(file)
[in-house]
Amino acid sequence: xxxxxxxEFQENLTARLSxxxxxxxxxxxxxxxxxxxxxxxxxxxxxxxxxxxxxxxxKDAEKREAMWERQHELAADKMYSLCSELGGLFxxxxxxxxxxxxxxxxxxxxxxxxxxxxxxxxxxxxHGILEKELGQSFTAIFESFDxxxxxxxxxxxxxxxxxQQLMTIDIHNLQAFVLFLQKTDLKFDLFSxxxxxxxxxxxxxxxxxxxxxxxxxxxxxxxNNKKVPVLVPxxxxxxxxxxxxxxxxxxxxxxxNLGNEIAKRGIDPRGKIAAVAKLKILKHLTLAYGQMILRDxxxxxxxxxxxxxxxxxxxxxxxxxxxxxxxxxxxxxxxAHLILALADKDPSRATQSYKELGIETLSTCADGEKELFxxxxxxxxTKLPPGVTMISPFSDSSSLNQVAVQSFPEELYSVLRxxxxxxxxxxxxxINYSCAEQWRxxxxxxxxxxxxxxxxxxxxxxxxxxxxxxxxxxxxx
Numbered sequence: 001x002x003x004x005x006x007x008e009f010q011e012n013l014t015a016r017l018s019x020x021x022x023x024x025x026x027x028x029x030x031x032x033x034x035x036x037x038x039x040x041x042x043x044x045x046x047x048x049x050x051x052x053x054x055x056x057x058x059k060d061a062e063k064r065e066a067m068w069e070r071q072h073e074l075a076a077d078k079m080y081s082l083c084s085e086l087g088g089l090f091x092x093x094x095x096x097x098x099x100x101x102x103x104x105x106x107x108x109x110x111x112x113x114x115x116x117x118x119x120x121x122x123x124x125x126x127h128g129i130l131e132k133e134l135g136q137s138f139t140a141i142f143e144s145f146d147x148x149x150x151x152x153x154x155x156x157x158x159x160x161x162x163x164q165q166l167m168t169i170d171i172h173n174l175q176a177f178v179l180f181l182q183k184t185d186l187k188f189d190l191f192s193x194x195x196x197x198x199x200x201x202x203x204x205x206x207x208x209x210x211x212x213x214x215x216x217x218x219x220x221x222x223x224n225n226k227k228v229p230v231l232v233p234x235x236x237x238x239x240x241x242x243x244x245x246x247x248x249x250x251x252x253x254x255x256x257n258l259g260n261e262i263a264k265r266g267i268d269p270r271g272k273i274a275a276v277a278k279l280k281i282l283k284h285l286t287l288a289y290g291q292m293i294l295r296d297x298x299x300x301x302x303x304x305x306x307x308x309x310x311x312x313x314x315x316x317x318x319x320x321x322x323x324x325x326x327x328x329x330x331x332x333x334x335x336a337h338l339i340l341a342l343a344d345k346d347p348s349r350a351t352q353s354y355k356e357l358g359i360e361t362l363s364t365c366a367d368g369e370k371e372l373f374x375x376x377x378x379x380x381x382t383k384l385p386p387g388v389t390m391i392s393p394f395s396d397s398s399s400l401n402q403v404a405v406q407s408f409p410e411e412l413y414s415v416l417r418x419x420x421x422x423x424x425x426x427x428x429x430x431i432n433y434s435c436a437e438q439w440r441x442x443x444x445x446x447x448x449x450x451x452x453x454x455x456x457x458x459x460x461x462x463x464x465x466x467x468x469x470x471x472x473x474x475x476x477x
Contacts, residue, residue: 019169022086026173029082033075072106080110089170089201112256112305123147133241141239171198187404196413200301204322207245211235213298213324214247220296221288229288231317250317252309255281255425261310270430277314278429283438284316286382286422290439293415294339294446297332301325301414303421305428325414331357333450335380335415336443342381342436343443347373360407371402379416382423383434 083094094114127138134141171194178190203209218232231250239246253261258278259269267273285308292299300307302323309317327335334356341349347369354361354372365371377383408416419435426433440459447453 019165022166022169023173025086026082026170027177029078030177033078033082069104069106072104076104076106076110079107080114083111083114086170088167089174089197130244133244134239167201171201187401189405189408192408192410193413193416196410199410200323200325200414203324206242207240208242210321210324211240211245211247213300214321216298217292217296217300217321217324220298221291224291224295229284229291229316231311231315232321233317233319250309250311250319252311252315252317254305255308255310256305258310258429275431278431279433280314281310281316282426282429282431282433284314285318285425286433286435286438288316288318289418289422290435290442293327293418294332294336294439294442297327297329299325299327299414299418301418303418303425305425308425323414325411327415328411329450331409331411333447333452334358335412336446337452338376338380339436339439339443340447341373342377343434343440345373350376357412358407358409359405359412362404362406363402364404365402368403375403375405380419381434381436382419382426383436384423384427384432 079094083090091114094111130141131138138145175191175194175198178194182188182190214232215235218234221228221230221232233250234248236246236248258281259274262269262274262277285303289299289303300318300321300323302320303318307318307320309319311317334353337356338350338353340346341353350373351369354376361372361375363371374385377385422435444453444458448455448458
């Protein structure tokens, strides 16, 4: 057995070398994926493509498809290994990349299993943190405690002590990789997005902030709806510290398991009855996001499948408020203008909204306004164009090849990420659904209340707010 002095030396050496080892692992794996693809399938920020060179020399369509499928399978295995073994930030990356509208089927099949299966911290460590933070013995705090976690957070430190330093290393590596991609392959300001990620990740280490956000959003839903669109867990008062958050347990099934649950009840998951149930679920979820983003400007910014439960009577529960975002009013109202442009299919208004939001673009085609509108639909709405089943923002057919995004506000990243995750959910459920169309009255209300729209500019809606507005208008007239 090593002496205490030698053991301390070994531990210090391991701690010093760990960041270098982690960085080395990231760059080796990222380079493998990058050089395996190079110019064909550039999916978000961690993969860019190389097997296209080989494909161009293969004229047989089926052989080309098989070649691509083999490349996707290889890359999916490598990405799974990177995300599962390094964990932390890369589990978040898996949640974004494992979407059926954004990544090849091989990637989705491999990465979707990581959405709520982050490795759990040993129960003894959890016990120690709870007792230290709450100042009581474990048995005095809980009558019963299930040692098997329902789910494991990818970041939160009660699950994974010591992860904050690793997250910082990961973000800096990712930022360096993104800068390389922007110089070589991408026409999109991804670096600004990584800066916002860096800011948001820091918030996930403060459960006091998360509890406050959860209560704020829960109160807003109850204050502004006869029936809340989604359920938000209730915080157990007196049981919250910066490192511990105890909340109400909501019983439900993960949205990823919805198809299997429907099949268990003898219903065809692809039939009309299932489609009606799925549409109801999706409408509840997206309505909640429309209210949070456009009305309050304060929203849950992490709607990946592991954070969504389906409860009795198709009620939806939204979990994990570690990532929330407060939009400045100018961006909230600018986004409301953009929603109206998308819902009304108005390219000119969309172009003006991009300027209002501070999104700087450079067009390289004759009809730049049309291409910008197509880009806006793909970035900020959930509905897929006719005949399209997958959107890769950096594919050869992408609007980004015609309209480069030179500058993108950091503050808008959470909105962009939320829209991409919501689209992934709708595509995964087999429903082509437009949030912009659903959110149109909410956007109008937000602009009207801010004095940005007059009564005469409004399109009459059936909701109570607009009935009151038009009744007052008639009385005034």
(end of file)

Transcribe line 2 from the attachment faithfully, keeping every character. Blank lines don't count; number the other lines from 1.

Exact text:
Amino acid sequence: xxxxxxxEFQENLTARLSxxxxxxxxxxxxxxxxxxxxxxxxxxxxxxxxxxxxxxxxKDAEKREAMWERQHELAADKMYSLCSELGGLFxxxxxxxxxxxxxxxxxxxxxxxxxxxxxxxxxxxxHGILEKELGQSFTAIFESFDxxxxxxxxxxxxxxxxxQQLMTIDIHNLQAFVLFLQKTDLKFDLFSxxxxxxxxxxxxxxxxxxxxxxxxxxxxxxxNNKKVPVLVPxxxxxxxxxxxxxxxxxxxxxxxNLGNEIAKRGIDPRGKIAAVAKLKILKHLTLAYGQMILRDxxxxxxxxxxxxxxxxxxxxxxxxxxxxxxxxxxxxxxxAHLILALADKDPSRATQSYKELGIETLSTCADGEKELFxxxxxxxxTKLPPGVTMISPFSDSSSLNQVAVQSFPEELYSVLRxxxxxxxxxxxxxINYSCAEQWRxxxxxxxxxxxxxxxxxxxxxxxxxxxxxxxxxxxxx